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Aboriginal Perspectives on the Environment (ACS2122)


y separately published work icon Nourishing Terrains : Australian Aboriginal Views of Landscape and Wilderness Deborah Bird Rose , Canberra : Australian Heritage Commission , 1996 Z1493612 1996 single work poetry non-fiction dreaming story (taught in 3 units)


This unit investigates ecological explanations of cultural diversity, differing notions of sustainable development, and the ecological and spiritual interrelationship integral to Indigenous cultures. Students study traditional and contemporary Indigenous relations with the environment, paying particular attention to spirituality, fire and land management, analyse the convergences and divergences between Indigenous environmental perspectives and the environment movement, and explore current issues and artforms linking Aboriginal people and the environment.


On successful completion of this unit, students should be able to:

1. describe and compare ecological and cultural explanations of human diversity;

2. discuss and evaluate different notions of the term sustainable development;

3. describe Indigenous Australian peoples traditional and contemporary spiritual/ecological relationship with the environment;

4. analyse current environment management issues affecting Indigenous people;

5. analyse government initiatives, policies and responsibilities with regard to Indigenous people, the environment and development strategies using current examples; and

6. discuss how a range of Indigenous writers and artists incorporate their perspectives on the environment in their work.


1. The historical-ecological and cultural approaches to explaining human economic and social diversity.

2. Sustainability and sustainable development.

3. Indigenous peoples traditional and contemporary spiritual/ecological relationships.

4. Land rights, native title and hunting and fishing rights.

5. Indigenous relations with mining, pastorlaism, tourism, national parks and conservation areas.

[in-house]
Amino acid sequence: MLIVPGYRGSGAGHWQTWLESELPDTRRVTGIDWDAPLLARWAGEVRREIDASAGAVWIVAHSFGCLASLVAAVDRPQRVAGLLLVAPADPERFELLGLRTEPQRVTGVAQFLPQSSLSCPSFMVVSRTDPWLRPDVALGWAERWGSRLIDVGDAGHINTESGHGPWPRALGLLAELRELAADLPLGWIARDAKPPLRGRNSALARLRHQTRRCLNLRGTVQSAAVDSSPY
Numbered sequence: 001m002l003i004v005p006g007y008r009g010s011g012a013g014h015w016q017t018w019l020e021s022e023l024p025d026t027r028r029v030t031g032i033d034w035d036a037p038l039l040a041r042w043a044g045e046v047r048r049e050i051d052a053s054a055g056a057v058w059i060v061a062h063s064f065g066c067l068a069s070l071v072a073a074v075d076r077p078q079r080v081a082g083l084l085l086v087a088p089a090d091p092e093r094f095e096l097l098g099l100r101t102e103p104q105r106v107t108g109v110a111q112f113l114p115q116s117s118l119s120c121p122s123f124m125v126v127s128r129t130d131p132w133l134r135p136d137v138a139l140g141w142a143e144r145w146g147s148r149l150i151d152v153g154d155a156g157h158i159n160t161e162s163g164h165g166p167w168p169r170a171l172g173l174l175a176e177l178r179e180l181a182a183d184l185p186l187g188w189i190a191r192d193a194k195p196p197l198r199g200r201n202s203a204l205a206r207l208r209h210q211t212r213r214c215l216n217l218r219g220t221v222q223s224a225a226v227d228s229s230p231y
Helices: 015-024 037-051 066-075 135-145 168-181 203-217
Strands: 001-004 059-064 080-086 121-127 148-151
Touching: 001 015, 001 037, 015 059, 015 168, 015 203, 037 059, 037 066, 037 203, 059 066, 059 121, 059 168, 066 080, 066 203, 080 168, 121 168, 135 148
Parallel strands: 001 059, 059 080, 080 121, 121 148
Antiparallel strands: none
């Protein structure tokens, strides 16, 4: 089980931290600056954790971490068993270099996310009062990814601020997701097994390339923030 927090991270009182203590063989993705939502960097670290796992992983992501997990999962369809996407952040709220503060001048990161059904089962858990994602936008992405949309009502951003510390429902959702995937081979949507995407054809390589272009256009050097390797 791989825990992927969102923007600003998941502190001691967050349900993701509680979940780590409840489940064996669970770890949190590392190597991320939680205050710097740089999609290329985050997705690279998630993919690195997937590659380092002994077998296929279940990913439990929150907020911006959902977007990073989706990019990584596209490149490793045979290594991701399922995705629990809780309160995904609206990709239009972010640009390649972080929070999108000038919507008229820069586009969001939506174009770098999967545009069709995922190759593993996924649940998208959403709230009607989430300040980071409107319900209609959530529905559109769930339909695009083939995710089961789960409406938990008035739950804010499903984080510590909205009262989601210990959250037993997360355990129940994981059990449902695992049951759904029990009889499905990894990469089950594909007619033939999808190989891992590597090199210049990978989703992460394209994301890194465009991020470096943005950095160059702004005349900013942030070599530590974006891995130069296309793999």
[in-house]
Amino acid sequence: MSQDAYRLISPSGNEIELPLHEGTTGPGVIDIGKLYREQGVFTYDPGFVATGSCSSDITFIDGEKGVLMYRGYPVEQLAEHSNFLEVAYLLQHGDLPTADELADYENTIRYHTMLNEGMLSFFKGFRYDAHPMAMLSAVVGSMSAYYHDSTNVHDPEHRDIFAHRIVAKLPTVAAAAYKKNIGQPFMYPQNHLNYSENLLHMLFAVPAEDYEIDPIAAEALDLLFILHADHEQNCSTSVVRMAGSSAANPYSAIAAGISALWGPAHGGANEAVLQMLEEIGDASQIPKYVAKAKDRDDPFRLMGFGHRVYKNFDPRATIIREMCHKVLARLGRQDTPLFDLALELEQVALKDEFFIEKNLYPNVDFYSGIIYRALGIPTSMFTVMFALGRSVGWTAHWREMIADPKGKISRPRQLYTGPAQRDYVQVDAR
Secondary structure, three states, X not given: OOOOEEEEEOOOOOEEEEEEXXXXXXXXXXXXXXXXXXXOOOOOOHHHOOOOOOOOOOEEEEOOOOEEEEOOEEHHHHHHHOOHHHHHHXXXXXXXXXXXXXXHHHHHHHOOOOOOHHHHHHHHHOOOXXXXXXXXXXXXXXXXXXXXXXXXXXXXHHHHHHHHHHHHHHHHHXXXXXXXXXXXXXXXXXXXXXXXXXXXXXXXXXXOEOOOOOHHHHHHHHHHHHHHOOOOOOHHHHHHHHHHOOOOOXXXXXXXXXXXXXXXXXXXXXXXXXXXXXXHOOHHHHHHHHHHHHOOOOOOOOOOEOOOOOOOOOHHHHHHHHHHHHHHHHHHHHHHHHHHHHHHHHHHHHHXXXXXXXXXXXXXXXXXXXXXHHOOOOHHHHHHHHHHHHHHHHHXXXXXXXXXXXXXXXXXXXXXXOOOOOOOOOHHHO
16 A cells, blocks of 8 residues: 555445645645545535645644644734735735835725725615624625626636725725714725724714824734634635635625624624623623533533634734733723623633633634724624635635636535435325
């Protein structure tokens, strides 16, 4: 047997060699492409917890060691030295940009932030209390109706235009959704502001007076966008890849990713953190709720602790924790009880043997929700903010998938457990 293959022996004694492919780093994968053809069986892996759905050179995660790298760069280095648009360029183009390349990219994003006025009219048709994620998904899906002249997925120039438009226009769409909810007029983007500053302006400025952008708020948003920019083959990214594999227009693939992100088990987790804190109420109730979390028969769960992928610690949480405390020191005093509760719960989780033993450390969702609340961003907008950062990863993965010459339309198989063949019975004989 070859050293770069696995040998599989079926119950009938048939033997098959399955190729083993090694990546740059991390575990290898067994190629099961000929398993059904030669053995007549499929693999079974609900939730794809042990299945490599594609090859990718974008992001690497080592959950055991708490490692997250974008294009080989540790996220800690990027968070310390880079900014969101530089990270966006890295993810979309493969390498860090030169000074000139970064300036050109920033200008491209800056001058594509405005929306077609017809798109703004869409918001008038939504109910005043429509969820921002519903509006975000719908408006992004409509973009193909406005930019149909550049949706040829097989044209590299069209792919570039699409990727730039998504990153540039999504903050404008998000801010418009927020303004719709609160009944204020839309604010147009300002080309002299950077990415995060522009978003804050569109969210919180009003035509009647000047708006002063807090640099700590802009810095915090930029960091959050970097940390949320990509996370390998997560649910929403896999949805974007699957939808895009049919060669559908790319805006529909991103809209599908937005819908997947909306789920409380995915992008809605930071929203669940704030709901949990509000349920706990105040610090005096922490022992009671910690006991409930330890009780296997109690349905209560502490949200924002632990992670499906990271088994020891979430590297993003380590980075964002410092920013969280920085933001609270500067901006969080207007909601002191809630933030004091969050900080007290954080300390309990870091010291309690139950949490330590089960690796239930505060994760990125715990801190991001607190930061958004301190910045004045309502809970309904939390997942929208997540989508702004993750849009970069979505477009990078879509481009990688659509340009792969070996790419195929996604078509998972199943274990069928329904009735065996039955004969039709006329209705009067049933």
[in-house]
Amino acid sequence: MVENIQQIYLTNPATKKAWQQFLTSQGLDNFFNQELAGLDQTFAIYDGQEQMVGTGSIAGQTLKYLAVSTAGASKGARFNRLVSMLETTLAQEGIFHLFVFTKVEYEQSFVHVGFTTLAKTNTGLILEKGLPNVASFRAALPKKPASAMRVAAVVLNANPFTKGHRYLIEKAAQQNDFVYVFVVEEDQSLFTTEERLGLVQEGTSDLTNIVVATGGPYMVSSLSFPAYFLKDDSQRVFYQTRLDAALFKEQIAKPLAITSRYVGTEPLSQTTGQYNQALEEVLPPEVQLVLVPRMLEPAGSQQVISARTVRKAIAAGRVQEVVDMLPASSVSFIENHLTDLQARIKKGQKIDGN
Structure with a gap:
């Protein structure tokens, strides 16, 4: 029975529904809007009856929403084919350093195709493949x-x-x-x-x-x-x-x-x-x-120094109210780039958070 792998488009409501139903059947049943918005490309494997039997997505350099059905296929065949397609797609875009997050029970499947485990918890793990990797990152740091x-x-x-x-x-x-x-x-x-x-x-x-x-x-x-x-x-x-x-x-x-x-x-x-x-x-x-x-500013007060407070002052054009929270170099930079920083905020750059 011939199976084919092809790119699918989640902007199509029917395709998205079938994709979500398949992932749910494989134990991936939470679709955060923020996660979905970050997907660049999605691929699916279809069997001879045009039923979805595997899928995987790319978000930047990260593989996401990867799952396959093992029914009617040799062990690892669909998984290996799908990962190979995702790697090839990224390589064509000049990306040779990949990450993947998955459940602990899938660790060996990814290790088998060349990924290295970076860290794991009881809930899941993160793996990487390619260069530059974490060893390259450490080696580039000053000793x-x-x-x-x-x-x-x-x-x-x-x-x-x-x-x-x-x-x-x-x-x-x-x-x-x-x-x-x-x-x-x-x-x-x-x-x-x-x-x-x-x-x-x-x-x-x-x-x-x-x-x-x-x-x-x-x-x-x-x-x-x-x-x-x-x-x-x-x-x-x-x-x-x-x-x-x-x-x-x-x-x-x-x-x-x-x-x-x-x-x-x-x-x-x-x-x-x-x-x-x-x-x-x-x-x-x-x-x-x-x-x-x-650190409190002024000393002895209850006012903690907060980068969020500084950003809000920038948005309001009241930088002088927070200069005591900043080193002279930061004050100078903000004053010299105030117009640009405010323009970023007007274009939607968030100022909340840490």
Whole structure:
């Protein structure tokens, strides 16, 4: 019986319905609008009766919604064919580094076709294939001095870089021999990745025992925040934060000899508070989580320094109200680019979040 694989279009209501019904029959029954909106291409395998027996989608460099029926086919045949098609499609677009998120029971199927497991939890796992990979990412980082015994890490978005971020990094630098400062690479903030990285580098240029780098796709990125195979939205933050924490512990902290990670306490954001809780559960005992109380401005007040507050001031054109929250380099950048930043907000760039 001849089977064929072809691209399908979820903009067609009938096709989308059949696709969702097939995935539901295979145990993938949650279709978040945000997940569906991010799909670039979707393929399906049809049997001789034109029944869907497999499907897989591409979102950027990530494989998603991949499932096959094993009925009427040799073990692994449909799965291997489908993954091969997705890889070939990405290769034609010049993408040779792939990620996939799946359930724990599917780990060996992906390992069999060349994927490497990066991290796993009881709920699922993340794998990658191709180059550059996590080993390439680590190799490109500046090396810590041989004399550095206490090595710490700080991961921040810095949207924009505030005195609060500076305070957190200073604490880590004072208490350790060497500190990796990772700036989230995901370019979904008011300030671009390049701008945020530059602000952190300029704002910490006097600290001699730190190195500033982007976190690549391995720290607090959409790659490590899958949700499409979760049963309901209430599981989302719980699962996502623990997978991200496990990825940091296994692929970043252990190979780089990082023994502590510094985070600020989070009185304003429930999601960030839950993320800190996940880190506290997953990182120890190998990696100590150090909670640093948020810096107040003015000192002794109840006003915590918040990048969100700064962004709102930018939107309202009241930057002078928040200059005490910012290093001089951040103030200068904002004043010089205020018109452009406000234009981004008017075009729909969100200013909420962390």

6. Government initiatives and responsibilities with regard to Indigenous culture, the environment, and sustainable development.

7. Indigenous Australian writers and artists views on current environmental issues.


On-Campus Assessment: Group presentation and in-class tests 30%; Major essay 40%; Examination 30%

Off-Campus Assessment: Minor essay 30%; Major essay 40%; Examination 30%

Supplementary Texts

Baker, R. (1999). Land is life: From bush to town: The story of the Yanyuwa people. St Leonards: Allen & Unwin

Berkes, F. (1999). Sacred ecology: Traditional ecological knowledge and resource management. Philadelphia: Taylor & Francis.

Callicott, J. Baird. (1999). Beyond the land ethic: More essays in environmental philosophy. New York: State University of New York Press.

Diamond, J. (1997). Guns, germs and steel: The fates of human societies. New York: WW Norton.

Flood, J. (2000). Archaeology of the Dreamtime: The story of prehistoric Australia and its people (1999 Revised ed.). Sydney: Angus & Robertson.

Head, L. (2000). Second nature: The history and implications of Australia as Aboriginal landscape. Syracuse, New York: Syracuse University Press.

Langton, M. (1998). Burning questions: Emerging environmental issues for Indigenous peoples in Northern Australia. Darwin : Centre for Indigenous Natural and Cultural Resource Management, Northern Territory University.

Lindqvist, S. (2007) Terra nullius: A journey through no one's land. Granta: Allen & Unwin.

Nannup, N. (2004). Carers of everything (CD). Midland, Swan Catchment Council.

Sveiby, K., & Skuthorpe, T. (2006). Treading lightly: The hidden wisdom of the worlds oldest people. Crows Nest, NSW: Allen & Unwin.

Other Details

The unit ACS2122 is taught concurrently with ACS4101.

Offered in: 2011, 2009
Levels: Undergraduate